Washington Gerald R. Ford will be mourned in the rare and solemn spectacle of a state funeral crafted to honor his reverence for Congress, the institution that launched him to the presidency.
Ceremonies begin Friday in a California church, and end five days later with Ford's entombment on a hillside near his Grand Rapids, Mich., presidential museum.
In between, according to funeral details announced Wednesday, Ford's body will lie in state in the Capitol Rotunda, offering both dignitaries and the public a chance to pay final respects to the former Michigan congressman who rose to the White House in the collapse of Richard Nixon's presidency.
And in a departure from tradition meant to highlight his long congressional service, Ford's remains will also lie in repose outside the doors of both the House and the Senate for short periods.
"I know personally how much those two tributes themselves meant to President Ford," said family representative Gregory D. Willard, who detailed arrangements in a news conference in Palm Desert, Calif.
The 38th president died Tuesday at age 93. He had been involved in his own funeral planning, as former presidents typically are.
The Capitol will intensify its preparations by closing for tours at noon Thursday. The public will be admitted to pay respects Saturday evening - sometime after a 6:30 p.m. arrival ceremony - and from 9 a.m. to 6 p.m. EST Sunday and Monday.
Events begin at St. Margaret's Church in Palm Desert, which Ford and his wife, Betty, frequently attended. A family prayer service will be followed by visitation by friends and a period of public repose.
On Saturday, Ford's body will be flown to Washington in late afternoon, his hearse pausing at the World War II memorial in joint tribute to the wartime Navy reserve veteran and his comrades in uniform.
The state funeral will be conducted in the Capitol Rotunda that evening and after that, the public will be able to file in to pay last respects. Ford was expected to lie in state until Tuesday morning, in a closed casket.
The last major event in Washington will be Tuesday morning, with a funeral service at the National Cathedral before Ford's interment the next day in Michigan.
The nation has witnessed just two presidential state funerals in over three decades - those of Ronald Reagan in 2004 and Lyndon Johnson in 1973. Nixon's family, acting on his wishes, opted out of the Washington traditions when he died in 1994, his presidency shortened and forever tainted by the Watergate scandal.
"The nation's appreciation for the contributions that President Ford made throughout his long and well-lived life are more than we could ever have anticipated," Betty Ford said in a statement thanking the multitudes who offered condolences.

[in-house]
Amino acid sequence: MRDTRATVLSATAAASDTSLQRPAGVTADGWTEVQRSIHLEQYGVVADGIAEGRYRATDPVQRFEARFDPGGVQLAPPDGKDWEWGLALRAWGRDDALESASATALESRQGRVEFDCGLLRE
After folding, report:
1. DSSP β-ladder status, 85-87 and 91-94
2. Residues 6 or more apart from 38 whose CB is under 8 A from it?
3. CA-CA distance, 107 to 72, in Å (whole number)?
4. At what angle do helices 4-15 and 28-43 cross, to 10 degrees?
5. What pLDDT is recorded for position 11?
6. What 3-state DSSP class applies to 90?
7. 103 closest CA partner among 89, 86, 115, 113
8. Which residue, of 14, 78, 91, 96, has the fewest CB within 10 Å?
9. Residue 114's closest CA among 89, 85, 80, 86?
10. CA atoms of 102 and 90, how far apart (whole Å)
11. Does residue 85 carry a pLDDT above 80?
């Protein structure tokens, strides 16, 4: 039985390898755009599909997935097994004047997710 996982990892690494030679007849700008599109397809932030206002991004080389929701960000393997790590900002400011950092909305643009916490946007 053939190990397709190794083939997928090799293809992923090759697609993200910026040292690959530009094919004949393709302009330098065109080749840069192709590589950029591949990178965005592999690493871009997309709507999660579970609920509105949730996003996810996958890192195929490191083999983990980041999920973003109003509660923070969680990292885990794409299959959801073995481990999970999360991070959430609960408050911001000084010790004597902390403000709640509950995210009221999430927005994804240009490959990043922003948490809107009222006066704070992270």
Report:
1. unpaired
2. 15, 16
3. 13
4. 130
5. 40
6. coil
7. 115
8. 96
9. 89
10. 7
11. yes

"These kindnesses have made this difficult time more bearable."
Ford is to become the 11th president to lie in state in the Rotunda.
He served his Michigan district in the House for 25 years, rising to the vice presidency when scandal drove Spiro Agnew from office and then to the presidency when Watergate consumed Nixon.
Former President Gerald Ford
One open question was how involved the funeral procession to the Capitol, often the most stirring of Washington's rituals of mourning, would be for a man whose modest ways and brief presidency set him apart from those honored with elaborate parades.
Planners are guided by the wishes of the family and any instructions from the president himself on how elaborate the events will be, how much of it takes place in Washington and more.
The Military District of Washington turned to the task quietly but with increasing urgency as Ford went through several bouts of ill health in recent years.
What happens in Washington, particularly, unfolds according to guidelines that go back to the mid-1800s and have been shaped over time.
No longer are government buildings draped in black, as they were in the time of Abraham Lincoln and before.
But if a chosen ceremony requires mourners to be seated, for example, seating arrangements are detailed with a precision dictated by tradition. The presidential party is followed by chiefs of state, arranged alphabetically by the English spelling of their countries.
Royalty representing chiefs of state come next, and then heads of governments followed by other officials.
Two presidents are buried at Arlington National Cemetery, John F. Kennedy and William H. Taft. Reagan was buried on the hilltop grounds of his presidential library in Simi Valley, Calif., in a dramatic sunset ceremony capping a week of official public mourning.